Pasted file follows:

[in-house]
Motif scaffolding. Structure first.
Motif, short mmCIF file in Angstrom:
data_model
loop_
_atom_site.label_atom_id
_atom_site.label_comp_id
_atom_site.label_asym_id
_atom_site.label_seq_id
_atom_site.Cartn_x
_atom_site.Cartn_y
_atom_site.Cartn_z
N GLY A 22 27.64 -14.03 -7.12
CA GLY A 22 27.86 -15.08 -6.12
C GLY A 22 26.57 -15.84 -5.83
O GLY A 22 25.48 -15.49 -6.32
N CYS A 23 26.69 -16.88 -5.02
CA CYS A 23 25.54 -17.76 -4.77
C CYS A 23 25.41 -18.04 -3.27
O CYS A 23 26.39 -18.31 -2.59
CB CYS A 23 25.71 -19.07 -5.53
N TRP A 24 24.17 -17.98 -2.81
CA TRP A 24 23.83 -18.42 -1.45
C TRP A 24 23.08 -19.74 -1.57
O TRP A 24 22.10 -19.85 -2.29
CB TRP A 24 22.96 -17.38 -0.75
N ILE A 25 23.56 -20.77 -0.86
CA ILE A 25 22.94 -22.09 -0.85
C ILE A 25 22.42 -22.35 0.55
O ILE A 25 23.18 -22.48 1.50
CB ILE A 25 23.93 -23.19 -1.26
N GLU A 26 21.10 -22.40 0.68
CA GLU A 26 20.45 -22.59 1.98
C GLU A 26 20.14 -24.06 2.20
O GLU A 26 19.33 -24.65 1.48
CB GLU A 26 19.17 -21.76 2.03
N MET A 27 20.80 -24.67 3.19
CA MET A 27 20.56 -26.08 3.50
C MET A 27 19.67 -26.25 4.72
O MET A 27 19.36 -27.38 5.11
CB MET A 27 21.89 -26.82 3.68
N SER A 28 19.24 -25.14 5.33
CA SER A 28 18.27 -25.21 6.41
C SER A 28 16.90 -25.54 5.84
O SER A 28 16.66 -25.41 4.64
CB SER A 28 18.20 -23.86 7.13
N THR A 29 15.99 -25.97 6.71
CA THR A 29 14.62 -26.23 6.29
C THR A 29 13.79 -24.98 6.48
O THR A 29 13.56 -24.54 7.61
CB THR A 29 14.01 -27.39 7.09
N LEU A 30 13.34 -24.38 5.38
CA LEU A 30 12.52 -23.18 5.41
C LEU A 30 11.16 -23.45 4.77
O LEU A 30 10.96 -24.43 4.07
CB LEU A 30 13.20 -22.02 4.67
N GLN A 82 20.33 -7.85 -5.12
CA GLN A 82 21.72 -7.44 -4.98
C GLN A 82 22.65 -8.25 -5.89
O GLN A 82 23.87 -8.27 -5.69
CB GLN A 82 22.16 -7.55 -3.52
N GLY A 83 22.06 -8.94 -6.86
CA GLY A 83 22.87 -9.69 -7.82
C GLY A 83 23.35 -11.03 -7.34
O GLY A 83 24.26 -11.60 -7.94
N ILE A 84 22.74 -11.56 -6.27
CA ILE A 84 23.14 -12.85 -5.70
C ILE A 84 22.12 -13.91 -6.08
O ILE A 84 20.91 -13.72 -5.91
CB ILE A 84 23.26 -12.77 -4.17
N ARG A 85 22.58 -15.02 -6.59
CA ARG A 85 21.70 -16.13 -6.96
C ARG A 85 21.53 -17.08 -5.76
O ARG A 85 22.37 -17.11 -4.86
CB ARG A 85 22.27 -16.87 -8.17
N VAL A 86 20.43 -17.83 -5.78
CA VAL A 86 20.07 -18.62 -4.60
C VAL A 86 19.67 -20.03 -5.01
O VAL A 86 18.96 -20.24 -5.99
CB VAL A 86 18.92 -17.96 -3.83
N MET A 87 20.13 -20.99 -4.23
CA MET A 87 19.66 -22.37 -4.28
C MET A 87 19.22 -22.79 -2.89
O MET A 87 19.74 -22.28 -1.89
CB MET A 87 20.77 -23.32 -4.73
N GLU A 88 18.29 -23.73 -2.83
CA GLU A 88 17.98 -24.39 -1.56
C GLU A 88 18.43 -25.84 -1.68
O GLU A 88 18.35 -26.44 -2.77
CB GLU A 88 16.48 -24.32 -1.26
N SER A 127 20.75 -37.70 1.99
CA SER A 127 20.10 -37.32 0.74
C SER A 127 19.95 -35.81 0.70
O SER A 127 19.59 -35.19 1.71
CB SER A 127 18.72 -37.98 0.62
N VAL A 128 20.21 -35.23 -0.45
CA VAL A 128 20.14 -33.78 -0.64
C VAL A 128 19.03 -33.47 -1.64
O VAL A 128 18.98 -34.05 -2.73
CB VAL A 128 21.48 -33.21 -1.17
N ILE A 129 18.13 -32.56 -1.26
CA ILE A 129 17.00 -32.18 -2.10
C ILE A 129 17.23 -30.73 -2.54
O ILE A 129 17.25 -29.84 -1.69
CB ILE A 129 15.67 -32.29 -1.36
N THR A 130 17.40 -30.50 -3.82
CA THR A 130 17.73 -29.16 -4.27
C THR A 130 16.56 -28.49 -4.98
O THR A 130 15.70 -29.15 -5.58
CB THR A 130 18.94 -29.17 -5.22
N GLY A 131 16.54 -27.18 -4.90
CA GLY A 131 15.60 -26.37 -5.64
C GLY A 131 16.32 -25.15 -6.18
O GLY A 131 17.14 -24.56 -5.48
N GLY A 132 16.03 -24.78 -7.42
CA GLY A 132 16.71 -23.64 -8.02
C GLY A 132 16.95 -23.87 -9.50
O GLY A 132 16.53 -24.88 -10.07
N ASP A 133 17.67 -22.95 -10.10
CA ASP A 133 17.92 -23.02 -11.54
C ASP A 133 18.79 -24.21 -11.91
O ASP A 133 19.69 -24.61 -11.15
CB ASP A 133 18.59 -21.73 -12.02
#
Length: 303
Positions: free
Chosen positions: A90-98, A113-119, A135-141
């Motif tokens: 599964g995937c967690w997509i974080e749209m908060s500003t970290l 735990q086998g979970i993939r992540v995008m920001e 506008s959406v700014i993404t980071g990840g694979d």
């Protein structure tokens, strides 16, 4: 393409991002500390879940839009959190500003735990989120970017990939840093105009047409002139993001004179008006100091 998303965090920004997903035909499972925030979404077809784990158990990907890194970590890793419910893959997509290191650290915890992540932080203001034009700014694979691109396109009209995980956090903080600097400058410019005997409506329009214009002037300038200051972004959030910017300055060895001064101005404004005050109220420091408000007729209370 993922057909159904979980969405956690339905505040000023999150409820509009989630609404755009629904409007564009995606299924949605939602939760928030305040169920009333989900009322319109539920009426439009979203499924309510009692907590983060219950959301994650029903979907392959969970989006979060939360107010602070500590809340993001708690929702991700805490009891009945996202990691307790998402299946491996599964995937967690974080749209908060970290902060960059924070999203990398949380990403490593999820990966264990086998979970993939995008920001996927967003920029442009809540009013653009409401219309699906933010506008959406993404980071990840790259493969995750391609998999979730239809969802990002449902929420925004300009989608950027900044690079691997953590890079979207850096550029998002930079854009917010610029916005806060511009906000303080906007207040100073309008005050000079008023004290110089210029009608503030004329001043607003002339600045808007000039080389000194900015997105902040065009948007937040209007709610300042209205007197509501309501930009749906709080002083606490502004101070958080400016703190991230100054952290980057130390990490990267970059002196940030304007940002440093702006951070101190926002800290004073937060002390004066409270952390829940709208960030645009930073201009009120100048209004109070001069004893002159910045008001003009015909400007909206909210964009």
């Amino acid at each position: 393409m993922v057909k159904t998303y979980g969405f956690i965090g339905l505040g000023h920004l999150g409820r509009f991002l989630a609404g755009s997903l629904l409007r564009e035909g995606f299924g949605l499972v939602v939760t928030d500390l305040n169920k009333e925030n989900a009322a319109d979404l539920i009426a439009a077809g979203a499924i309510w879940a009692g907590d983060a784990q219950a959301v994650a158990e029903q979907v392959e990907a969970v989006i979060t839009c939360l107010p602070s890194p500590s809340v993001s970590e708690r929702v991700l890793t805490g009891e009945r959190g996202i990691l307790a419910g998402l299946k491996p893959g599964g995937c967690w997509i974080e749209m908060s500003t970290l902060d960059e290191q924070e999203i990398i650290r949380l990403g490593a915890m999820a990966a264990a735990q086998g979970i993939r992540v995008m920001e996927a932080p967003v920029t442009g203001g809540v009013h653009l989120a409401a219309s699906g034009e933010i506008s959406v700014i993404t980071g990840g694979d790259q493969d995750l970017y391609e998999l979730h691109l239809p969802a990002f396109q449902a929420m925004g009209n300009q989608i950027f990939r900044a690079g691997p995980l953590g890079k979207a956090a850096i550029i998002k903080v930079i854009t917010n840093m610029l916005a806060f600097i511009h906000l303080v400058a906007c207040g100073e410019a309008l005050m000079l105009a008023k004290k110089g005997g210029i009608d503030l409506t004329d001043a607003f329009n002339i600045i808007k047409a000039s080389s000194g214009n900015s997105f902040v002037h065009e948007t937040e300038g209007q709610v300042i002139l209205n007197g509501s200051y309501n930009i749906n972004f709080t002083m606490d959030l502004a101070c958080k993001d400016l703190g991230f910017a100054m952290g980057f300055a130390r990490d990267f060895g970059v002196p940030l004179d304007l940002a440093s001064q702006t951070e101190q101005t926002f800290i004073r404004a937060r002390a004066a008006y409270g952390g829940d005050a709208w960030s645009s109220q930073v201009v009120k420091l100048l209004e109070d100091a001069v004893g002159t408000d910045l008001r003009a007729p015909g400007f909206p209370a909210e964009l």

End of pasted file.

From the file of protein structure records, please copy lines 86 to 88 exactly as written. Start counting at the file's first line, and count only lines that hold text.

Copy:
N GLU A 88 18.29 -23.73 -2.83
CA GLU A 88 17.98 -24.39 -1.56
C GLU A 88 18.43 -25.84 -1.68